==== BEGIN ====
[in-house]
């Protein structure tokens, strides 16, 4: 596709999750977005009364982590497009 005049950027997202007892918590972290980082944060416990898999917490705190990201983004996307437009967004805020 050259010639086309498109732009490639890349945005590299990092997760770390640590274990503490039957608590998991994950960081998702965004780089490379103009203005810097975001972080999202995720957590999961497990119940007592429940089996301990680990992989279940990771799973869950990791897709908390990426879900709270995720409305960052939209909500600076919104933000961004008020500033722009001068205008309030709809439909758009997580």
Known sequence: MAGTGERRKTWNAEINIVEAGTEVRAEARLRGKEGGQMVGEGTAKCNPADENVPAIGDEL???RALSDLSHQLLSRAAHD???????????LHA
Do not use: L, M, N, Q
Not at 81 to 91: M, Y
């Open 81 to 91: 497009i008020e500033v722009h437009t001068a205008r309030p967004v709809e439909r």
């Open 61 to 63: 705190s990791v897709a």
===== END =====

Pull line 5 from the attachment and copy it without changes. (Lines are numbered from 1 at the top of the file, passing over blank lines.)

Not at 81 to 91: M, Y